Video, an Audiovisual Medium

4 The Use of Processors for Video Processing

In the early 1970s, video processors were constructed by engineers in a close exchange with video artists. They serve to control the electric voltage and bring about signal variations that cause the deflection of the individual scan lines. In contrast to the synthesizer, which in principle proceeds compositionally, generates image and sound, and links different objects, a processor analyzes the smallest units in the video, its wave forms, and in this way controls the image.

The Rutt/Etra Scan Processor,[4] developed in 1973 by Steve Rutt, Bill Etra, and Louise Rutt and with which, for example, Nam June Paik, Gary Hill, and Steina and Woody Vasulka worked, is particularly suited for video analysis — that is, for the control and modulation of electric signals. In the Scan Processor, the brighter parts of the image are strongly or slightly lifted up in their temporal progression according to the voltage, causing the horizontal lines to deflect vertically and sculptural forms to be generated. Abstract figurations are produced from videographic scan lines through the addition of power. In this way, in Vocabulary (1973), Woody Vasulka had separate image areas flow together to produce new forms based on equal brightness and color values. Gary Hill employed other functions of the device in Picture Story (1979), in which he reduced and enlarged keyed-in-that is, cut-out and inserted — image parts, and transposed the top-to-bottom and right-to-left relationships in the overall image.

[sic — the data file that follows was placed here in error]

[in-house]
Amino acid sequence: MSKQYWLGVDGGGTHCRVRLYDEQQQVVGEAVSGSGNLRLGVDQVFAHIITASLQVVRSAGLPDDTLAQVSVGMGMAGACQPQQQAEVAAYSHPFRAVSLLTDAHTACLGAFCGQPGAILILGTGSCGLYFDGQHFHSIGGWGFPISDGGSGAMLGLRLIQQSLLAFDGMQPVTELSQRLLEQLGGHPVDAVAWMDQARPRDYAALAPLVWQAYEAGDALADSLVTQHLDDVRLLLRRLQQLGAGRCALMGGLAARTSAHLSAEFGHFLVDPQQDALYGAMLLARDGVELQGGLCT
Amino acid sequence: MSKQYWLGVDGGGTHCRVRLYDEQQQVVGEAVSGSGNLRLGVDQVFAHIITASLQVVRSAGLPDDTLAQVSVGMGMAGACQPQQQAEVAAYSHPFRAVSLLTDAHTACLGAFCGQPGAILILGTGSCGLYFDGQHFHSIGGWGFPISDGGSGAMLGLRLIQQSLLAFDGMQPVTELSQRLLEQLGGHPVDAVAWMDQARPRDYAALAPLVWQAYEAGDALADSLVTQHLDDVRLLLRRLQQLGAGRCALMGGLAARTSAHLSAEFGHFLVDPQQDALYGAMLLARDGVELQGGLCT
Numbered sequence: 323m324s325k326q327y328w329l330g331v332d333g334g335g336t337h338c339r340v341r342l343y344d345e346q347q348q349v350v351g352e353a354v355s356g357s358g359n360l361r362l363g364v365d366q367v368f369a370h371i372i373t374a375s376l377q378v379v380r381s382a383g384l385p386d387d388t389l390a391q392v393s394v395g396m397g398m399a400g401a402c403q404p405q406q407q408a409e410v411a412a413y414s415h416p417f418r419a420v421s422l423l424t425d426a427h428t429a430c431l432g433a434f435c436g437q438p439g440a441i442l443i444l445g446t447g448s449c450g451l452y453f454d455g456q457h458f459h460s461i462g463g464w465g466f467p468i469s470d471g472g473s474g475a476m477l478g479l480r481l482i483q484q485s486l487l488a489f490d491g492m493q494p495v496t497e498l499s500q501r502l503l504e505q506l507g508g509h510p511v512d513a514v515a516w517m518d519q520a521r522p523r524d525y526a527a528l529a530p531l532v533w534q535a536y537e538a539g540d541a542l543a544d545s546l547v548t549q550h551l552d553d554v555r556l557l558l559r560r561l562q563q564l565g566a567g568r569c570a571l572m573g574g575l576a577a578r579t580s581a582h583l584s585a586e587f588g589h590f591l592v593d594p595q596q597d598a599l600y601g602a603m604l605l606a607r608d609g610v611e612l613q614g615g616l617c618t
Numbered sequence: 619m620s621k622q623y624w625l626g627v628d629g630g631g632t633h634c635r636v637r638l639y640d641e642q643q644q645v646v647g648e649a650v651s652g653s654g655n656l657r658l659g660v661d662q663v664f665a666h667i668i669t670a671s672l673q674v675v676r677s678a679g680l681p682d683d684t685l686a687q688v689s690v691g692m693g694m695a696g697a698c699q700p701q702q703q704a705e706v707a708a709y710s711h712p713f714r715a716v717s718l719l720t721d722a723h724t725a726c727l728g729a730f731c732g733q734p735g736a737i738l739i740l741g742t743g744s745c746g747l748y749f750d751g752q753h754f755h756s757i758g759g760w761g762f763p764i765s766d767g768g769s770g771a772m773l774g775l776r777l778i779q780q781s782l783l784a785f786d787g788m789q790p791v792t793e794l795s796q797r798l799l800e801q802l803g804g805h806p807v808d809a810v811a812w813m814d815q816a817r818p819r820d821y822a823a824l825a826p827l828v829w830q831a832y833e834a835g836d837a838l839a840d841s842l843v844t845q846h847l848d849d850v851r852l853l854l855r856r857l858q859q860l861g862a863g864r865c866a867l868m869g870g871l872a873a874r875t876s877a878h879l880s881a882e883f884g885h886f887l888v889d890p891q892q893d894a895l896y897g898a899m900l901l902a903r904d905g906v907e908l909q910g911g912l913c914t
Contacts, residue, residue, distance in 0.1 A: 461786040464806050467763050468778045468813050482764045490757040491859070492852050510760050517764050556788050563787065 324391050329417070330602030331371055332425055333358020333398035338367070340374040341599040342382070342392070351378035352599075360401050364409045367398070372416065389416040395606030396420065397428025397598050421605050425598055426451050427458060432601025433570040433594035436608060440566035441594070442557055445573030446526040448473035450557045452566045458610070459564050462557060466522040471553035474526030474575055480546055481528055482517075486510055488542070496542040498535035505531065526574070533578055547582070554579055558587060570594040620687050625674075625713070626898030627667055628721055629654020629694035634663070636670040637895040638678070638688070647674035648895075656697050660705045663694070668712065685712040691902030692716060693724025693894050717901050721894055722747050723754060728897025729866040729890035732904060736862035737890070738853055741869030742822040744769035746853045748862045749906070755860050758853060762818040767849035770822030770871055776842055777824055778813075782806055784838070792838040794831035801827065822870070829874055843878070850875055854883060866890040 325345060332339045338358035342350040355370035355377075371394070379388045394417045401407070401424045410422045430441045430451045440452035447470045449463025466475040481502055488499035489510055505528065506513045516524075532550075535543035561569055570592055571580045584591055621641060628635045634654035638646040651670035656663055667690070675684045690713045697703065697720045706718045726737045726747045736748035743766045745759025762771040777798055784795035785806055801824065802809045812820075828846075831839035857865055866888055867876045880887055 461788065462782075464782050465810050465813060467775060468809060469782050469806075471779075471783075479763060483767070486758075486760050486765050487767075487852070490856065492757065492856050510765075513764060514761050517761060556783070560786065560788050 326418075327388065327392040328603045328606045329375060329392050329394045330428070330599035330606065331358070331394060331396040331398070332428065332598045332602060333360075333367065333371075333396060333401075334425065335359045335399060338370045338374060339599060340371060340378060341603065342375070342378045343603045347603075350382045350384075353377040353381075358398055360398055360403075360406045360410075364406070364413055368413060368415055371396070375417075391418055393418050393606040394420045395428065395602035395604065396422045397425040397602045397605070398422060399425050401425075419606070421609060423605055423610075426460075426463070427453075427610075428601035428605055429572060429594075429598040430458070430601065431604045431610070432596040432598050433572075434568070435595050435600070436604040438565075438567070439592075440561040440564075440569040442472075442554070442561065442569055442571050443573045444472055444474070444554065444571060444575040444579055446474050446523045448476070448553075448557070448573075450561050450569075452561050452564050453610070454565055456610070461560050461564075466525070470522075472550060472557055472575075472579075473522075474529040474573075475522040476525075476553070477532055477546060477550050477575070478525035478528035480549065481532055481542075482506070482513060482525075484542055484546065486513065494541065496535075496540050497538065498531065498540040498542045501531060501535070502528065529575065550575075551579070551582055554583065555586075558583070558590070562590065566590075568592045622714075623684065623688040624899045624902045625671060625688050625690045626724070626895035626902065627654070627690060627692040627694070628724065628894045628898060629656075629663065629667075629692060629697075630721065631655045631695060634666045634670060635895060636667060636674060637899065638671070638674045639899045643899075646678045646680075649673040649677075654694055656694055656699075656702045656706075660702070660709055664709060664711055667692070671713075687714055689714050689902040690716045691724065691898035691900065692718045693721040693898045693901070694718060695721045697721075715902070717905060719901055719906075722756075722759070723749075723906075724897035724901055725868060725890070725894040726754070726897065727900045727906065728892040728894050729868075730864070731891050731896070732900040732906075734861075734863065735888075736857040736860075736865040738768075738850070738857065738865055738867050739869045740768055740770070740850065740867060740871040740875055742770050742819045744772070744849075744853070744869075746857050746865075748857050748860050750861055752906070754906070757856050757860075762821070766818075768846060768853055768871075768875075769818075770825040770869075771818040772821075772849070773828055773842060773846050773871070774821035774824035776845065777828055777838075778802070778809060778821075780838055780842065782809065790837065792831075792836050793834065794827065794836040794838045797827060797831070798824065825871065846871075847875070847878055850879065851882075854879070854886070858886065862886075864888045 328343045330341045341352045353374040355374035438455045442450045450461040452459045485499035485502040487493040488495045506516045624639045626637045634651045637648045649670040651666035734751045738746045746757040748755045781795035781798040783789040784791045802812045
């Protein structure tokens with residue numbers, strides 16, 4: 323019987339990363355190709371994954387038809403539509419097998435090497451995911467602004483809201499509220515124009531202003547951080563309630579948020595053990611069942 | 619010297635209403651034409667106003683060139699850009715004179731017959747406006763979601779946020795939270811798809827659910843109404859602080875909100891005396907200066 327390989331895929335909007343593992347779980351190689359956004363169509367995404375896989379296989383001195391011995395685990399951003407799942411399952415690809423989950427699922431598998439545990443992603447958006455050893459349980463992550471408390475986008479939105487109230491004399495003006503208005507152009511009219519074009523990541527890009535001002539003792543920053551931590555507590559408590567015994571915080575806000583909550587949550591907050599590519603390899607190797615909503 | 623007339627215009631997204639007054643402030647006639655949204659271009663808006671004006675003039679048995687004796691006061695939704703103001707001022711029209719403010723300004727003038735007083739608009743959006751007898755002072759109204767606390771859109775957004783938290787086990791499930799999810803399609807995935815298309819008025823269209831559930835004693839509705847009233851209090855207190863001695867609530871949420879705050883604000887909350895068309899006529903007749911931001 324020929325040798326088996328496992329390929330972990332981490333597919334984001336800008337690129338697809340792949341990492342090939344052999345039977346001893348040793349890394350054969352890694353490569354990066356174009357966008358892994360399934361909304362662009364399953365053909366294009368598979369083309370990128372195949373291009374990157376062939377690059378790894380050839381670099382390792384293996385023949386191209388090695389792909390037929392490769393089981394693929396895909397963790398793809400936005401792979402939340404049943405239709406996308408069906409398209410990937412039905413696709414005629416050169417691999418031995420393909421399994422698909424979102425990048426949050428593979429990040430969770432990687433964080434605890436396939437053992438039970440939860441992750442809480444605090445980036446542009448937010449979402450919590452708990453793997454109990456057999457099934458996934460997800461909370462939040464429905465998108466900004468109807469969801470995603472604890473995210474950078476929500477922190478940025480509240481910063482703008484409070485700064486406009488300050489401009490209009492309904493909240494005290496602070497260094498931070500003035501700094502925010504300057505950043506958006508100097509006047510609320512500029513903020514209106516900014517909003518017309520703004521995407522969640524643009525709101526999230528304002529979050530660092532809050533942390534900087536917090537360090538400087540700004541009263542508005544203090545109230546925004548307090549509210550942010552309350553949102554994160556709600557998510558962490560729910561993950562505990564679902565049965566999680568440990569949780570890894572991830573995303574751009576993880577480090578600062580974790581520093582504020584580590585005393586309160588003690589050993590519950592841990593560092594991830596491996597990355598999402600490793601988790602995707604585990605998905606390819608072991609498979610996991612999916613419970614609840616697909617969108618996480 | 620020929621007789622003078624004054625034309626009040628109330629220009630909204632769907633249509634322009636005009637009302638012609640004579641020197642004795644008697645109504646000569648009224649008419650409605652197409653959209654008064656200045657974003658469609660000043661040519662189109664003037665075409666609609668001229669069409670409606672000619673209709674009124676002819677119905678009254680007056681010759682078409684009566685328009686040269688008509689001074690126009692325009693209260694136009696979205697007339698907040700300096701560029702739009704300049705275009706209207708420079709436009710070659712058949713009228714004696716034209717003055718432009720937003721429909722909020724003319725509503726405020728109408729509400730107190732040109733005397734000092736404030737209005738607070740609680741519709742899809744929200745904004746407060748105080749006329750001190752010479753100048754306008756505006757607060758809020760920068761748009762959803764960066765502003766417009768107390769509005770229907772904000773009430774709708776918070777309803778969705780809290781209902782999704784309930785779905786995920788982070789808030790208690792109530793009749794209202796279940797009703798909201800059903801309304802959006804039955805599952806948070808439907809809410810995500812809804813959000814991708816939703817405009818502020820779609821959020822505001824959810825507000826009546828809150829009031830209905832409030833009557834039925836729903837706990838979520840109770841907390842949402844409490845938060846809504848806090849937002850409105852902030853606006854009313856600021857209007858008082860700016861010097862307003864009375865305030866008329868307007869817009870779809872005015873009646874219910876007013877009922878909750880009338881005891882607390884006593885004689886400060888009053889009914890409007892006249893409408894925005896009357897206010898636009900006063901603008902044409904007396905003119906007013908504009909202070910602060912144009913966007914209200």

Exemplary use of the functions of the Rutt/Etra Scan Processor is made in Steina and Woody Vasulkas’ video Noisefields (1974). In this work, additional electronic information (electronic snow) is keyed into a circular form that has been recorded by camera and processed in such a way that the impulse movement of the signal can simultaneously be seen and heard. In the process, the image content is determined by the modulation of unformed electronic oscillation processes — in other words, video noise. Thus, noise as a formless electronic basis that contains all of the frequencies to the same degree has the potential of auditive and visual configuration.

This effect of the feedback of the video image to the electronic raw material in sound is intensified in that a video sequencer, which regulates the deflection frequency of alternating image fields, transfers the audiovisual information that has been heightened into noise into a positive-negative switching with variable speeds. A noisy image-sound impression is produced, an electronic flicker effect. Noisefields thus represents the beginning of electronic signal processes.